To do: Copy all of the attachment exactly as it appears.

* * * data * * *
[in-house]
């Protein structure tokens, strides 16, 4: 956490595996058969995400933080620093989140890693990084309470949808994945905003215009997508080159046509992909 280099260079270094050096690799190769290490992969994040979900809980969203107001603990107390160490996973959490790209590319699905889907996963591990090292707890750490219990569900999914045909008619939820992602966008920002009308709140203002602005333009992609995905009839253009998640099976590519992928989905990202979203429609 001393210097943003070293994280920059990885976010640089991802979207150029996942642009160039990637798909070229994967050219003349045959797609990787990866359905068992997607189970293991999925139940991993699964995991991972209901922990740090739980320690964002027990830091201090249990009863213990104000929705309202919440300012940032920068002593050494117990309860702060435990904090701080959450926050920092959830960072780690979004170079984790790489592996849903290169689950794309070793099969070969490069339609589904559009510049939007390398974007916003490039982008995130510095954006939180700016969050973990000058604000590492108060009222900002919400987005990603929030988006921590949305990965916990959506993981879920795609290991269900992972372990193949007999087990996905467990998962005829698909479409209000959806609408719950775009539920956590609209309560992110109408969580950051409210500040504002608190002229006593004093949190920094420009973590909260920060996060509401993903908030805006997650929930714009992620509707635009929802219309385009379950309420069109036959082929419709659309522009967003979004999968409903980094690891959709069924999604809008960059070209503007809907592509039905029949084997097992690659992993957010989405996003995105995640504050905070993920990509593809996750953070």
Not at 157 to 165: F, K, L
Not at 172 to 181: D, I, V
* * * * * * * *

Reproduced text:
[in-house]
């Protein structure tokens, strides 16, 4: 956490595996058969995400933080620093989140890693990084309470949808994945905003215009997508080159046509992909 280099260079270094050096690799190769290490992969994040979900809980969203107001603990107390160490996973959490790209590319699905889907996963591990090292707890750490219990569900999914045909008619939820992602966008920002009308709140203002602005333009992609995905009839253009998640099976590519992928989905990202979203429609 001393210097943003070293994280920059990885976010640089991802979207150029996942642009160039990637798909070229994967050219003349045959797609990787990866359905068992997607189970293991999925139940991993699964995991991972209901922990740090739980320690964002027990830091201090249990009863213990104000929705309202919440300012940032920068002593050494117990309860702060435990904090701080959450926050920092959830960072780690979004170079984790790489592996849903290169689950794309070793099969070969490069339609589904559009510049939007390398974007916003490039982008995130510095954006939180700016969050973990000058604000590492108060009222900002919400987005990603929030988006921590949305990965916990959506993981879920795609290991269900992972372990193949007999087990996905467990998962005829698909479409209000959806609408719950775009539920956590609209309560992110109408969580950051409210500040504002608190002229006593004093949190920094420009973590909260920060996060509401993903908030805006997650929930714009992620509707635009929802219309385009379950309420069109036959082929419709659309522009967003979004999968409903980094690891959709069924999604809008960059070209503007809907592509039905029949084997097992690659992993957010989405996003995105995640504050905070993920990509593809996750953070």
Not at 157 to 165: F, K, L
Not at 172 to 181: D, I, V